Introduction to Borneo
Highlighted: Sarawak, Malaysian Borneo
Borneo is a large island in Southeast Asia that is divided among three countries: Malaysia, Indonesia, and Brunei. Indonesian Borneo, or Kalimantan, accounts for two-thirds of the island’s territory in the central and southern part of the island. The tiny sultanate of Brunei is wedged between the two Malaysian states, Sarawak and Sabah, in the north of the island.
Borneo is the third largest island in the world, after Greenland and New Guinea. Its population is roughly 16 million, of whom 12 million reside in Indonesia (Kalimantan) and 4 million reside in Sarawak and Sabah. Brunei’s population is around 300,000. The island’s hilly terrain, unnavigable rivers, and thick forests deterred industrial development until recently, and as a result Borneo’s population is comparatively low. By comparison, the neighboring island of Java – with an area 1/5th that of Borneo’s – is home to over 16 times as many people (130 million).
Borneo is home to the world’s oldest tropical rainforests which, until a few decades ago, completely covered the island. Among the planet’s most biologically diverse ecosystems, these forests are home to thousands of endemic animal, reptile, insect and plant species including orangutans, rhinos, hornbills, macaques, gibbons, tarsiers, and slow loris. For countless generations, Borneo’s indigenous subsistence farmers and hunter-gatherers depended upon and managed these forests as their primary source of livelihood. Under their stewarship, the forests were able to maintain the highest species diversity of any terrestrial ecosystem, supplying food, medicines, cash crops, and building materials.
Thirty years ago, the introduction of commercial logging spurred encroachment onto the lands of Borneo’s indigenous peoples. The majority of all forests of Bornean Malaysia and Indonesia have been licensed to logging and plantation concessions, and most of these overlap with ancestral indigenous land claims. In violation of international and national law, logging and oil palm companies are clearing and burning vast tracts of ancient forest on a scale often exceeding deforestation rates in the Amazon.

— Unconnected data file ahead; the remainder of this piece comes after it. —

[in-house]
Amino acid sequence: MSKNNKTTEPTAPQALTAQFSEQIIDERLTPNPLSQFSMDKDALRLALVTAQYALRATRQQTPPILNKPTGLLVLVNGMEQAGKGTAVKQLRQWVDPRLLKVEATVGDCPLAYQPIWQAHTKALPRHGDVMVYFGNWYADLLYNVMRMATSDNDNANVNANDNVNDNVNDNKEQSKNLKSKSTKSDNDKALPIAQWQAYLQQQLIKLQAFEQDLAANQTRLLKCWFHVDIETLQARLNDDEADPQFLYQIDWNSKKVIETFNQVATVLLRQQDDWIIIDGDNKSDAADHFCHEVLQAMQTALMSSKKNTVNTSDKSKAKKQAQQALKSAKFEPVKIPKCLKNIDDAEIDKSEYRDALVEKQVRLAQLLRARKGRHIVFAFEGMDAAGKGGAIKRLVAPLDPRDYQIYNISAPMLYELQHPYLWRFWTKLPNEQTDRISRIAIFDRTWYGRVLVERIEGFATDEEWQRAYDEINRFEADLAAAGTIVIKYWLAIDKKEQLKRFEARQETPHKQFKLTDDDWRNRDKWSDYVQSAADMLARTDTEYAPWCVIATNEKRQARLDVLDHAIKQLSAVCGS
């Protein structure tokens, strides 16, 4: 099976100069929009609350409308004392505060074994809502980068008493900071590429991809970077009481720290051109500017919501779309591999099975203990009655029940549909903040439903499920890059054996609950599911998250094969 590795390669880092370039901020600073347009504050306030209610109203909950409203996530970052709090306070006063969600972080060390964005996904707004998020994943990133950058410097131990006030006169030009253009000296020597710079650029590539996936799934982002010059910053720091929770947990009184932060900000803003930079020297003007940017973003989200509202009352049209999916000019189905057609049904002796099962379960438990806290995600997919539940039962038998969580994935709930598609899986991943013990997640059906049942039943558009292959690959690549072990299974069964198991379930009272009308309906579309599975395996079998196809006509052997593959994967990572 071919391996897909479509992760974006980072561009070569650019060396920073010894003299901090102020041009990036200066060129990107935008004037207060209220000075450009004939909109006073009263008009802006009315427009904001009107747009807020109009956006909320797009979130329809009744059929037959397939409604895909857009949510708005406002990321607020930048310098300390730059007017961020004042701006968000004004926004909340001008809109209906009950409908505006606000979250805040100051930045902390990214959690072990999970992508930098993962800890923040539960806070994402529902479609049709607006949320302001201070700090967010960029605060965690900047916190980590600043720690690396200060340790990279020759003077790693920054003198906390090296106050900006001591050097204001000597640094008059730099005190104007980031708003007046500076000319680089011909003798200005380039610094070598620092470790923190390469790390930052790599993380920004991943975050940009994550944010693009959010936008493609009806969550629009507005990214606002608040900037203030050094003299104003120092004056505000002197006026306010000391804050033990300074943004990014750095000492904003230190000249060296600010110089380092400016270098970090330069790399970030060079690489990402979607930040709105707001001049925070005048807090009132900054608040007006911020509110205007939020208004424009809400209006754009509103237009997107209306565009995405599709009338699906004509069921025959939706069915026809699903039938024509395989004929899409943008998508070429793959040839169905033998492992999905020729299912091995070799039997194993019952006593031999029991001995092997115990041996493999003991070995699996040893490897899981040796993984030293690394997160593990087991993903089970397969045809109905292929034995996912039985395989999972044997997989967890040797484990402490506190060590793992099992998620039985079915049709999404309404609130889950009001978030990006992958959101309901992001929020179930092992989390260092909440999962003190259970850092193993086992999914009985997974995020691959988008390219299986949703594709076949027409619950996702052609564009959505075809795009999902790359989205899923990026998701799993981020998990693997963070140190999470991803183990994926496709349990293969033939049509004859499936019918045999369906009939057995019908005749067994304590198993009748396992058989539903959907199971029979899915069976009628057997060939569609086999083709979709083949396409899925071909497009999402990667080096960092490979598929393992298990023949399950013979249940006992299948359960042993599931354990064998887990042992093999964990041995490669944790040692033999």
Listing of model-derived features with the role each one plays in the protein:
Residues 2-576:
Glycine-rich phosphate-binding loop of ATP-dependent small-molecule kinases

Industrial logging and plantation development in Borneo’s forests have polluted rivers, degraded fragile forest ecosystems and made it difficult for communities to find the forest products they need to survive. Forest destruction has led to a decline in the bird, fish and mammal populations dependent on trees for seeds and fruit, as well as to a loss of medicinal plant, rattan, and palm species. The incursion of roads has enabled poachers to access formerly remote areas, and hillside erosion has led to extreme siltation of watersheds and coral reefs, which are affecting regional and global climate patterns.
Forest destruction has threatened traditional systems of land management and inflicted poverty, pollution, and social disintegration on once thriving communities. Efforts to protect remaining land through blockades, demonstrations, and court cases have been met with repression and brutality on the part of government agencies and corporations. As forest resources have become depleted, economic pressures have driven young villagers to leave their communities in search of employment. Industrial appropriation of indigenous land has compelled traditionally nomadic tribes to settle and become agriculturist, as their basic needs can no longer be fulfilled by forest resources. Recently settled nomads (Penan in Sarawak, Punan in East Kalimantan) are increasingly reliant on a cash economy for food, medicine, and other necessities. Tribes in transition to a settled lifestyle have little access to education and health facilities and lack basic survival knowledge, such as food crop cultivation and construction of permanent living structures.
The Malaysian and Indonesian governments have done little to mitigate the impacts of forest destruction, and government conservation efforts have largely failed due to high demand for illegal timber by export mills. In protected areas, bribes offered to government officials enable logging companies to easily carry out illegal operations. National and international laws that defend indigenous land rights are rarely enforced and frequently broken. Lands without written documentation of ownership are considered available for exploitation, and while Malaysian law recognizes native customary rights to lands occupied and cultivated by indigenous peoples, there is no official procedure to document such claims. Government requirements for written documentation of land ownership leave the burden of proof on communities who have had little or no access to titles or maps for these purposes. Land tenure conflict is high across Borneo, and remains a crisis issue for forest communities.